Your Mouth: More Than A Pretty Smile

Beverly Hills Magazine Your Mouth: More Than A Pretty Smile Dr Charles Sutera FAGD
#bevhillsmag #dentalcare #mouth #smile

Our mouths are so important. Not only does our smile tell people a lot about us, but the health of that smile can tell our bodies a lot, too.

An important gateway

Literally and figuratively, your mouth is the gateway to your health.

In recent years, numerous studies have shown links between the mouth and the rest of the body. And it’s certainly clear when it comes to the heart and the major joints of the bones.

But why?

Bacterial benefactors

“Our mouths are home to 700 species of bacteria. We have a symbiotic relationship with bacteria: We need bacteria to maintain many of our bodies’ functions,” explains nationally recognized oral health expert Dr. Charles Sutera, DMD, FAGD. “The bacteria we carry is not only natural but, in fact, necessary. Bacteria protect us, for example, by stimulating a vigorous immune response.” 

But those same bacteria can also have a negative effect on the body when they run out of control, leading to cavities, abscesses, fungal infection, and other periodontal diseases.

And that’s just the mouth. 

Bacterial bad guys

When mouth bacteria get out of control, they can enter your bloodstream. That’s not good, notes Dr. Sutera. Bacteria entering your bloodstream through your mouth can affect the way your body heals and actually cause other infections and diseases, such as:

  • Endocarditis—An infection of the inner lining of your heart chambers or valves (endocardium).
  • Cardiovascular disease—Research suggests that heart disease, clogged arteries, and stroke may might be linked to the inflammation and infections that oral bacteria can cause.
  • Joint infection—Traveling to a normally sterile area like a knee or shoulder joint, bacteria can cause infection.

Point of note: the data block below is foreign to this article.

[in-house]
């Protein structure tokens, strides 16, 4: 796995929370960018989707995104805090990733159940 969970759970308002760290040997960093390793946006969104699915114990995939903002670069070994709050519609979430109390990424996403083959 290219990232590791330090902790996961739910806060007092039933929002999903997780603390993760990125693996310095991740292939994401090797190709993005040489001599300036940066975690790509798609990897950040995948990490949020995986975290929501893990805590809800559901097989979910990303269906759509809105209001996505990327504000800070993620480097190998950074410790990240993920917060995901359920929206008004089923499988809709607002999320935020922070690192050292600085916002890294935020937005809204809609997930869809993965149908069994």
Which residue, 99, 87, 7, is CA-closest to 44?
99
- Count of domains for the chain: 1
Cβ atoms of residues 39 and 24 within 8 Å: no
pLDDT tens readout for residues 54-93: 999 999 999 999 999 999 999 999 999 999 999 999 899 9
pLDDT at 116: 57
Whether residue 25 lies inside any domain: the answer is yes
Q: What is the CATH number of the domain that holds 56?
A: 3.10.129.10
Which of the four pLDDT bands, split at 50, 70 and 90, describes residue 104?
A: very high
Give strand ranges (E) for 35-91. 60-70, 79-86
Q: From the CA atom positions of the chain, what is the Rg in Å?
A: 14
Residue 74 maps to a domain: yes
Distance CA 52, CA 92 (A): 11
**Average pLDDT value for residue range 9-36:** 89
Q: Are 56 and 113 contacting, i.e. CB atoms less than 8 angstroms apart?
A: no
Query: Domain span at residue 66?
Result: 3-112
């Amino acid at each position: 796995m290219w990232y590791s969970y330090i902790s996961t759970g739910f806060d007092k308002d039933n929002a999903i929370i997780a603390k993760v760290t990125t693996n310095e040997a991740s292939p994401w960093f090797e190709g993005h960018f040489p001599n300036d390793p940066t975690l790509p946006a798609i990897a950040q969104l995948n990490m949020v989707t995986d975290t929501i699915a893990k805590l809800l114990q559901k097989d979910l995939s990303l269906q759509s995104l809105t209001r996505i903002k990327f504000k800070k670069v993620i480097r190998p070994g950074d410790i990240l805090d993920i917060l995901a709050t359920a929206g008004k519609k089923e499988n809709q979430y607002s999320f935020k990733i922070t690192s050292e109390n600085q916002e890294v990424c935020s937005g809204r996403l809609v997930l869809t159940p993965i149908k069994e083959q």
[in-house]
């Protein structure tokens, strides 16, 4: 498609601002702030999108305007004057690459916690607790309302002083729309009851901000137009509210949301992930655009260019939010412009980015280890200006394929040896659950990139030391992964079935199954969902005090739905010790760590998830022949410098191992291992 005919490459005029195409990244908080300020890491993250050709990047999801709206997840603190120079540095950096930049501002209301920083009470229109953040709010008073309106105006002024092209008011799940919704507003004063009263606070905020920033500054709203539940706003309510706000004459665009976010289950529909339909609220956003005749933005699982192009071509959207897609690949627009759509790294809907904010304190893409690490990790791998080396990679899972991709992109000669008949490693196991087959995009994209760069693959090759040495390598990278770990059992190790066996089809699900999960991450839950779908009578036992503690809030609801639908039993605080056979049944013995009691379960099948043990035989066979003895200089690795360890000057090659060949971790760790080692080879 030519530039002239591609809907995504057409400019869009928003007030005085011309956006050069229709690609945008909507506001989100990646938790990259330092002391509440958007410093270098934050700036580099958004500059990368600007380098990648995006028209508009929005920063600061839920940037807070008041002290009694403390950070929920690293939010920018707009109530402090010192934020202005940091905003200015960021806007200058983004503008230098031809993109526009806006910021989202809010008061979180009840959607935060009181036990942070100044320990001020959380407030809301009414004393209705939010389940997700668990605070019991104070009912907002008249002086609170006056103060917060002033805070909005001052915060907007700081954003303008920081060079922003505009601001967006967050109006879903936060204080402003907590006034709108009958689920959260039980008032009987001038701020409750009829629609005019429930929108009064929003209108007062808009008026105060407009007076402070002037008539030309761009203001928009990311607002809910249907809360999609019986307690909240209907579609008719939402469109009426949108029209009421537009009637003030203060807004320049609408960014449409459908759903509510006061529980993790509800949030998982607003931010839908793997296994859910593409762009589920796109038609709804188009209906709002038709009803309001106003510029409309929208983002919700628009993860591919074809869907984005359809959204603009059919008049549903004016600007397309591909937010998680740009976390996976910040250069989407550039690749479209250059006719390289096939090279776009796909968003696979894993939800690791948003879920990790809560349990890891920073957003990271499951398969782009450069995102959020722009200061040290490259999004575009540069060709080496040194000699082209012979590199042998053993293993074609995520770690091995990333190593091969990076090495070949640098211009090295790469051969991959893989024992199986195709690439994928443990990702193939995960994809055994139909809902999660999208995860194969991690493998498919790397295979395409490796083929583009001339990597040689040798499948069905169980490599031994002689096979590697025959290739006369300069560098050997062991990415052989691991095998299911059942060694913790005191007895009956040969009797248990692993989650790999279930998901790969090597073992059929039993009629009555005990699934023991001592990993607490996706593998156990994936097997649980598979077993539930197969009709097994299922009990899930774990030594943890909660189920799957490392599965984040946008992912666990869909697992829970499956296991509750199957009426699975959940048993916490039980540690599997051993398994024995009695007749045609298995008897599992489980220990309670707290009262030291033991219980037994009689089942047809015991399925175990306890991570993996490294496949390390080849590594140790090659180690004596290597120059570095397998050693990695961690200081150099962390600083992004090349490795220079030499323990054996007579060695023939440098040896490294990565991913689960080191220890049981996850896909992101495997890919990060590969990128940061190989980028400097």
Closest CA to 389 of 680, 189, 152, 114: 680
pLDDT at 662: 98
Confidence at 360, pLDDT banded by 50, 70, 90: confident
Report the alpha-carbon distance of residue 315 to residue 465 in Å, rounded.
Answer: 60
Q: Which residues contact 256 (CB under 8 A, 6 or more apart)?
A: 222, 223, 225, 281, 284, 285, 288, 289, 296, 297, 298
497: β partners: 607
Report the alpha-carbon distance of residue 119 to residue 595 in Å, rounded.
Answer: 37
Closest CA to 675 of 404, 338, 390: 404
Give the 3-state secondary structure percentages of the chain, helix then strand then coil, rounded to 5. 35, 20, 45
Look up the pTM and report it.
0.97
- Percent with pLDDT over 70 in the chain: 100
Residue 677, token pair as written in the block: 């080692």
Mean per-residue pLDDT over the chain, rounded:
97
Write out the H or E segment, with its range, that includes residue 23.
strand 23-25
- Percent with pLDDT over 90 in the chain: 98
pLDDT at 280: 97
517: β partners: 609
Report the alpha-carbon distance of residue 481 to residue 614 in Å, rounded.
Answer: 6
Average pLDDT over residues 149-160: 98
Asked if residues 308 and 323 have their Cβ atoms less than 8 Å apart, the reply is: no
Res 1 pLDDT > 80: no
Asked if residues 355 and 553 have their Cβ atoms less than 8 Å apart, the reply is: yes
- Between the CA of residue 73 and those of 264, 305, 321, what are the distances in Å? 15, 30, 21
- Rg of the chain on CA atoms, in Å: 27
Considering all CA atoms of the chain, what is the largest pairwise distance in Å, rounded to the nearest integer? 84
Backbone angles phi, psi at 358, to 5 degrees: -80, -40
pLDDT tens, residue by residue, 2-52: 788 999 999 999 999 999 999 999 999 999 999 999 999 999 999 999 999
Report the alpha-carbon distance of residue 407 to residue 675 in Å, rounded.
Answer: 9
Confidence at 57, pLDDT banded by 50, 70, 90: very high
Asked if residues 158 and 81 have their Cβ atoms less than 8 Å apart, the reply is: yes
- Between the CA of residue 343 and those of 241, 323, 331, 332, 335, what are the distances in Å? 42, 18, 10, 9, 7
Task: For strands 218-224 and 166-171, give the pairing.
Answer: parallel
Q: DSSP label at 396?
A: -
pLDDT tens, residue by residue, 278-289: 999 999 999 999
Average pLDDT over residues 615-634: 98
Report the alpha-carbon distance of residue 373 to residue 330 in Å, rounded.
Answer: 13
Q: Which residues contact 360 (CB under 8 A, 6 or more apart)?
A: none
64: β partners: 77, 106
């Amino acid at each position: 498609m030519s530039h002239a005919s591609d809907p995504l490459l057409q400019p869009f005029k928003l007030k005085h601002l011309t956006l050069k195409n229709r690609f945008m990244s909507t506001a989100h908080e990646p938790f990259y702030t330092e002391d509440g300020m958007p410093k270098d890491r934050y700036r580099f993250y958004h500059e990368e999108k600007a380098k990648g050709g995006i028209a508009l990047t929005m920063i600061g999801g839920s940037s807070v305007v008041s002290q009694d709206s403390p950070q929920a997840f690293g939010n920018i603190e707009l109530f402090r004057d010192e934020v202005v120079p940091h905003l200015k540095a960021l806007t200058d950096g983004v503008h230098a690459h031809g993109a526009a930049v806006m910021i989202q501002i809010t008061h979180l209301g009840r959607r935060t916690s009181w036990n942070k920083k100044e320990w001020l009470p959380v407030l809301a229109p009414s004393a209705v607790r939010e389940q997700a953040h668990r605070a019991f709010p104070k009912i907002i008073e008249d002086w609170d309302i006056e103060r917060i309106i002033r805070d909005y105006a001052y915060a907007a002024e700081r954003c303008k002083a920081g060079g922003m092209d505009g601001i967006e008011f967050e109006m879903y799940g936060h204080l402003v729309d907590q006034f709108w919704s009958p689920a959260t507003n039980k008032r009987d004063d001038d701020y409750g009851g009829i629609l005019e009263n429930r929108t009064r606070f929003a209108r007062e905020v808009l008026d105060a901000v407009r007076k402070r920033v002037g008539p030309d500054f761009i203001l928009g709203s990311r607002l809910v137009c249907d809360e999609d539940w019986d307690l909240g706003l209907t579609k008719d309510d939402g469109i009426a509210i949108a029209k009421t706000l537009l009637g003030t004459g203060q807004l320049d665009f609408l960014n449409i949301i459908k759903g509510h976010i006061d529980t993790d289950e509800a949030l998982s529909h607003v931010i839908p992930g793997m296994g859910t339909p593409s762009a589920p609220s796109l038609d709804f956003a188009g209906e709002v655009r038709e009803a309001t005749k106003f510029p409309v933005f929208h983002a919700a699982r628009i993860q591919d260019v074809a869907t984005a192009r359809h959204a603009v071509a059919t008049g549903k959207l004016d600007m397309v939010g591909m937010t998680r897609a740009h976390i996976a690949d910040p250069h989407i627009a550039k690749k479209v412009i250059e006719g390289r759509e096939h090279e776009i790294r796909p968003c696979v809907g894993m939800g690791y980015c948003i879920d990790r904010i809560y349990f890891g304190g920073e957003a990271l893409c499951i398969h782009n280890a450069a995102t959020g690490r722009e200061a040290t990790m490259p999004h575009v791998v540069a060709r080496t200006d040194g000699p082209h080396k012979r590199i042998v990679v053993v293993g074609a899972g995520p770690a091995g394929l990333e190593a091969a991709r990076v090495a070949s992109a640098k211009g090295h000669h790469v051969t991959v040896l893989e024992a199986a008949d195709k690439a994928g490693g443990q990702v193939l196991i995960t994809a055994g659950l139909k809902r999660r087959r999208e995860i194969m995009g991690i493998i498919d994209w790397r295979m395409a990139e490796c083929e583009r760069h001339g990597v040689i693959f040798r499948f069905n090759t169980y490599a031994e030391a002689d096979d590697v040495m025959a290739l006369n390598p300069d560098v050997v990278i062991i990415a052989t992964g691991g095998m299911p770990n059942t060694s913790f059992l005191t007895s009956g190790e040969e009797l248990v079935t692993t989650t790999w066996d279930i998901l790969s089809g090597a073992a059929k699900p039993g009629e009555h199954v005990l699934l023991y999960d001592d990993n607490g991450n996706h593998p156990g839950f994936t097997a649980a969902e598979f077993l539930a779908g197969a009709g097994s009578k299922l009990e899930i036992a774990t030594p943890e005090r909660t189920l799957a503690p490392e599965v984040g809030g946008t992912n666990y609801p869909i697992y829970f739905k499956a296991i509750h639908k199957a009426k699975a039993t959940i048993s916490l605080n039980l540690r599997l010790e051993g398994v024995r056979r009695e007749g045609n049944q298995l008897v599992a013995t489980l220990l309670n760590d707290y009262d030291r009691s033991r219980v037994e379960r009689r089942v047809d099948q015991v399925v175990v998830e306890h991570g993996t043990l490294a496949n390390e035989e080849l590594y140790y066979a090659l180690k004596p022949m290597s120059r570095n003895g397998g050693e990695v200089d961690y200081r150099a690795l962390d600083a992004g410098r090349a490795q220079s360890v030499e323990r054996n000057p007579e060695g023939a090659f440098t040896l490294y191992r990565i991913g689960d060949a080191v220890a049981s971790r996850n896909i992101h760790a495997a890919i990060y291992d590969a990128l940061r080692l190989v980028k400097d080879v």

• Pregnancy and birth complications—Periodontitis has been linked to premature birth and low birth weight.
  • Pneumonia—Bacteria in your mouth can be pulled into your lungs, causing pneumonia and other respiratory diseases.

That’s why after a major heart issue or surgery like a knee or hip replacement, your physician may recommend antibiotics prior to dental visits.

Preventative antibiotics

One way to keep bacteria in check is through antibiotics. People who have had a history of certain conditions may benefit from preventative antibiotics prior to a dental cleaning. 

“The antibiotics work to prevent the bacteria of the mouth from entering the bloodstream and infecting more susceptible areas,” says Dr. Sutera.

Preventative maintenance

For most people who have cleanings regularly, there is no need to worry about a systemic infection from routine dental cleaning, he notes.

The American Heart Association has affirmed that practicing good oral health supersedes antibiotics given during dental procedures for some patients. 

“Translation: Maintain a good daily oral health routine and dental cleaning/checkup every six months to keep oral bacteria in balance and head off any oral issues like gum inflammation that may give bacteria a route into your bloodstream,” says Dr. Sutera.

Self-care is one of the best ways of protecting your mouth and your overall health. Remember to:

  • Brush your teeth. 2 minutes twice a day, using a soft-bristle toothbrush and a toothpaste with fluoride. 
  • Brush your tongue, too. A lot of plaque can accumulate on your tongue, so only brushing your teeth is like only rinsing but not washing the dishes.
  • Floss. Get between those teeth once or twice daily. 
  • Clean dentures and other dental appliances, disinfecting them daily. 
  • Stay hydrated. Great for your overall health as well as your mouth. Saliva is one of your mouth’s best defenses against bacteria, and good hydration generally helps saliva production.

Regular dental care

Dental cleaning is one of the most common and effective preventative treatments throughout the world. Keeping teeth clean helps keep bacteria at a controllable level.

Fewer bacteria equals less risk of cavities and reduces the risk of periodontal disease. Less inflammation of the gums means fewer bacteria potentially entering the bloodstream.

“So, take care!” encourages Dr. Sutera. “Taking care of your oral health as an investment in your overall health.”

About the Expert:  Dr. Charles Sutera, FAGD

Dr. Charles SuteraFAGD, is a doctor of dental medicine, TMJ specialist, board-certified in moderate dental anesthesiology, and renowned for high-profile cosmetic dental reconstructions. He is a certified Fellow of the Academy of General Dentistry and is the founder of his dental practice, Aesthetic Smile Reconstruction.

Peace Adebola
Peace is a freelance content writer who enjoys reading, acquiring knowledge and she loves to code.
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